Mobility and Messaging Revolution Raises the Bar for Customer Experience

Experts weigh in on how to take advantage

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“The main focus should be on a more personalized experience, proactive and fast customer service.”

 Anja Wagner, social media marketing specialist

The mobile revolution has raised consumers’ expectations of how they communicate — not just with each other, but also with companies of all sizes. Today, customers expect a consumer-like experience in all of our interactions — whether buying a $30 Bluetooth speaker or a $1 million home.

How are organizations responding to this new mandate? We asked customer experience thought leaders what organizations are doing — and what they should do — to capitalize on this disruptive shift in how customers interact with business.

Consider this: In 2017, there are 4.92 billion individual mobile device users worldwide.[1] Those people use just over 8 billion devices. In fact, there are today more mobile connections that people in the world.

And those devices are getting used for both business and personal use — in fact those lines are blurring for many folks, as mobility and cloud computing have made working — and shopping  — from anywhere, anytime part of today’s reality. Customers today expect a personalized, instant experience whether they’re buying concert tickets or provisioning a cloud computing instance.

The continued growth in mobility promises that this expectation too will only grow.

“Research shows that the average organization is talking to their customers through, on average, nine different channels and that number is set to rise to eleven in the next 18-24 months,” points out Customer Experience/Service Consultant Adrian Swinscoe. “However, the challenge is that in the majority of cases most of the data from these channels are not connected to each other.”

He then offers a solution: “I think the key thing that companies need to get ahead of right now is removing barriers to cooperation and collaboration within their organizations and also connecting all of their data sources so they can finally achieve a unified view of the customer and start working towards the experience that their customers want.”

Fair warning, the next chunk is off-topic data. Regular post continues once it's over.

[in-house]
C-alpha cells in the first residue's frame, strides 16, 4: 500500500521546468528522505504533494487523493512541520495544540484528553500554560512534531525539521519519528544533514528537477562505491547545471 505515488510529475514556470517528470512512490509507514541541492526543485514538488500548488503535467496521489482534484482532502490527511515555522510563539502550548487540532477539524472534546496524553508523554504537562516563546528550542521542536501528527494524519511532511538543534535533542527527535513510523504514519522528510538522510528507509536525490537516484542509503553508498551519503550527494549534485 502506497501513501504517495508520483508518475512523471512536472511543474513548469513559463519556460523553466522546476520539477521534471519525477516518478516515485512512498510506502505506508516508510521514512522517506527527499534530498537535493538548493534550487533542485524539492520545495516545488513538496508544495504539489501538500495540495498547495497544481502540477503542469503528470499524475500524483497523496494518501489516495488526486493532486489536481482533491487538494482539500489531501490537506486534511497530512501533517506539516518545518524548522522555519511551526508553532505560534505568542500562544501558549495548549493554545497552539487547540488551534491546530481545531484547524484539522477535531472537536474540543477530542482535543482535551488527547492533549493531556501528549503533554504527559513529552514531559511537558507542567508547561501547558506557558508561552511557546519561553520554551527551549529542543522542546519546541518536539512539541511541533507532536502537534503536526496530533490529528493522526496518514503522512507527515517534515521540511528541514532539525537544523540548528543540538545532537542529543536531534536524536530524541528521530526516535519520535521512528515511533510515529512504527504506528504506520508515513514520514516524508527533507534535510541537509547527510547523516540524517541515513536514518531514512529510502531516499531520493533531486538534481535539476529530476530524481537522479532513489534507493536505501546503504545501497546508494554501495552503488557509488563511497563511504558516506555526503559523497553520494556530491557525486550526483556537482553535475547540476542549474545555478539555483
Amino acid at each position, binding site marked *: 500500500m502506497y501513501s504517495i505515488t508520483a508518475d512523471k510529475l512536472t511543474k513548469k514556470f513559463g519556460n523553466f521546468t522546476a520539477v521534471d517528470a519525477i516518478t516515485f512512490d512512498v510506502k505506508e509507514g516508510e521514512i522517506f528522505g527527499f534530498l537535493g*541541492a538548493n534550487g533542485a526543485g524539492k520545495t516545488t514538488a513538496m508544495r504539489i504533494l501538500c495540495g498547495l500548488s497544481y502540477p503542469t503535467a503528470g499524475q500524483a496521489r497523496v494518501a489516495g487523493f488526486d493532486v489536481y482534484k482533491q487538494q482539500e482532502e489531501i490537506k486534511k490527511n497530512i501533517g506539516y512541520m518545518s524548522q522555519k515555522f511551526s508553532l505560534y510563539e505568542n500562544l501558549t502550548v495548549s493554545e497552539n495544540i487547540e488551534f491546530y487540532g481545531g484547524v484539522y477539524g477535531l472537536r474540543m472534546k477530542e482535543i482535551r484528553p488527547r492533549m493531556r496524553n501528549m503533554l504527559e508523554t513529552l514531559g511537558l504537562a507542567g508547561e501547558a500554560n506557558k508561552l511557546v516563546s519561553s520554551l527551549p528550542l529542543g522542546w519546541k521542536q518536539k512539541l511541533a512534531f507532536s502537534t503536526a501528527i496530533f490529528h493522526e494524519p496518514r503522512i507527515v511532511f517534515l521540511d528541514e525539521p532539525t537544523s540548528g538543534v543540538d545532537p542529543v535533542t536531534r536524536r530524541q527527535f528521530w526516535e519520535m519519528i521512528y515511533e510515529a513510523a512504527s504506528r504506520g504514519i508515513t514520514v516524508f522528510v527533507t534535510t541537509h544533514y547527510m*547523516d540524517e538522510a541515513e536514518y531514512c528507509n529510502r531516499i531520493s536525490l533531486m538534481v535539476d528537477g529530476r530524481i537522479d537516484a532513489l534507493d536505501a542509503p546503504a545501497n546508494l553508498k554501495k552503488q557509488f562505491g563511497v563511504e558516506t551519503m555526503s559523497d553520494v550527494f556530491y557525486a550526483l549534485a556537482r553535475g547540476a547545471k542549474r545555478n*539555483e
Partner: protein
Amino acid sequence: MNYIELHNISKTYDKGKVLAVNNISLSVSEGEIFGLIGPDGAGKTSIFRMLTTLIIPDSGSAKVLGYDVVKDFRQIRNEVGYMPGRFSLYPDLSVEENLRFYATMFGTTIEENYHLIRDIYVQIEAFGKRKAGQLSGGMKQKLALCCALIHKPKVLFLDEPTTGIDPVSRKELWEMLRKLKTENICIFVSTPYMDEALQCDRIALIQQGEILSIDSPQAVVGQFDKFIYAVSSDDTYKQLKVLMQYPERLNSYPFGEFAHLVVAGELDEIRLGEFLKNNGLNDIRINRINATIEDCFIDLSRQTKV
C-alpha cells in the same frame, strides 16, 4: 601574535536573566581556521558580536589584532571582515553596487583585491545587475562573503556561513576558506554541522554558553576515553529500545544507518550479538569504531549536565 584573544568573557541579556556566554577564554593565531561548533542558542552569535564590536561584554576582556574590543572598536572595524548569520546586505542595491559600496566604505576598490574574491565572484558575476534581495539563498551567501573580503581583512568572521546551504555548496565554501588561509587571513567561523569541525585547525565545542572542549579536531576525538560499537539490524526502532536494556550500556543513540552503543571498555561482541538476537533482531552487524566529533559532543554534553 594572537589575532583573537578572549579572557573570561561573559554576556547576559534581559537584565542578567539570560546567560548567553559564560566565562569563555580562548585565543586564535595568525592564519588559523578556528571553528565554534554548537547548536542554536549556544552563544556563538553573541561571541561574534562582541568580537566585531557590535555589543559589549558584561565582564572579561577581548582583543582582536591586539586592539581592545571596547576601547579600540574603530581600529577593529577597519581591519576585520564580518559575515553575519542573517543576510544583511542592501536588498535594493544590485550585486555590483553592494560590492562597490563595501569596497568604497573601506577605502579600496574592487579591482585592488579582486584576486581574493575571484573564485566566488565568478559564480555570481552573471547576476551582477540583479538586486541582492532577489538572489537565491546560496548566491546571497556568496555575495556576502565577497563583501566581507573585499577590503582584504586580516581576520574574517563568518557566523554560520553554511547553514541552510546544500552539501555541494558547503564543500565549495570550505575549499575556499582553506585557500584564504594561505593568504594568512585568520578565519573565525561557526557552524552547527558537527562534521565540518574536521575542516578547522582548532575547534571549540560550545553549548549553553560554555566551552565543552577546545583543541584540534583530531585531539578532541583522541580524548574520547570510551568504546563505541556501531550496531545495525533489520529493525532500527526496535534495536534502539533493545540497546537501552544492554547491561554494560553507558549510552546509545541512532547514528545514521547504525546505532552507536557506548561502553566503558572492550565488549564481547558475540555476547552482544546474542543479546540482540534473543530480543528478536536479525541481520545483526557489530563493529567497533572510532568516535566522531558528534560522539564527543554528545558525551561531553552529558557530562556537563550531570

Increasingly, what they want can be boiled down to speed, and a personalized experience.Anja Wagner, social media marketing specialist, says “The main focus should be on a more personalized experience, proactive and fast customer service with the help of messenger chatbots as well as creating valuable content for your customers.”

How do we get there?

Dr. R. Kay Green, Senior Marketing Consultant at eDesign Consulting Ltd. says two considerations are key. “The primary step to enhancing the customer experience are through personalized mobile messaging coupled with direct interaction from the organization, such as customized messaging directly from the organization to the consumer.”

Green advocates a sweeping approach: “Customer feedback, offers, notifications, should all be implemented through messaging.”

Take the shopping experience for example. More than one in five of the world’s population shopped online in the past 30 days.[2]  Customer service and experience expertShep Hykenpoints out that “They are combining the in-store and online experience. They are looking at merchandise in a store and on their mobiles simultaneously. They are doing additional research, checking prices and more. The retailers that are customer-focused know this and provide their customers with an app that answers those questions and more.”

Behind the scenes

For organizations that want to use mobility and messaging to boost their customers’ experiences, the experts advised to pay attention to the back end details.